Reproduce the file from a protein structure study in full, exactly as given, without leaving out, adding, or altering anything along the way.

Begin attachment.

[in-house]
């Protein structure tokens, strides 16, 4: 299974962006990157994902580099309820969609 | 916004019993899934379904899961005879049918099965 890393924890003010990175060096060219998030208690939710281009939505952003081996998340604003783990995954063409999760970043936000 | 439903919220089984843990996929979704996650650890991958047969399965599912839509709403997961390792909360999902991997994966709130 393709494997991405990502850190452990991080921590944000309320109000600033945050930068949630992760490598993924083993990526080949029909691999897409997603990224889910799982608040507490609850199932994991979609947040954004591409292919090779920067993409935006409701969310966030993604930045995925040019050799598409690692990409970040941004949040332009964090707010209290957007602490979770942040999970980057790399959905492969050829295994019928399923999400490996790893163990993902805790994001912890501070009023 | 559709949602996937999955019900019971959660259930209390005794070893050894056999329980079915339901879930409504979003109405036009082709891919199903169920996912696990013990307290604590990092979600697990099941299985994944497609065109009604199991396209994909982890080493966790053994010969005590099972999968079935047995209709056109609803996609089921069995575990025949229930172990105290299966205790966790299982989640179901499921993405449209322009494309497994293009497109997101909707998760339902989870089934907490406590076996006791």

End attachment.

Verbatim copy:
[in-house]
């Protein structure tokens, strides 16, 4: 299974962006990157994902580099309820969609 | 916004019993899934379904899961005879049918099965 890393924890003010990175060096060219998030208690939710281009939505952003081996998340604003783990995954063409999760970043936000 | 439903919220089984843990996929979704996650650890991958047969399965599912839509709403997961390792909360999902991997994966709130 393709494997991405990502850190452990991080921590944000309320109000600033945050930068949630992760490598993924083993990526080949029909691999897409997603990224889910799982608040507490609850199932994991979609947040954004591409292919090779920067993409935006409701969310966030993604930045995925040019050799598409690692990409970040941004949040332009964090707010209290957007602490979770942040999970980057790399959905492969050829295994019928399923999400490996790893163990993902805790994001912890501070009023 | 559709949602996937999955019900019971959660259930209390005794070893050894056999329980079915339901879930409504979003109405036009082709891919199903169920996912696990013990307290604590990092979600697990099941299985994944497609065109009604199991396209994909982890080493966790053994010969005590099972999968079935047995209709056109609803996609089921069995575990025949229930172990105290299966205790966790299982989640179901499921993405449209322009494309497994293009497109997101909707998760339902989870089934907490406590076996006791």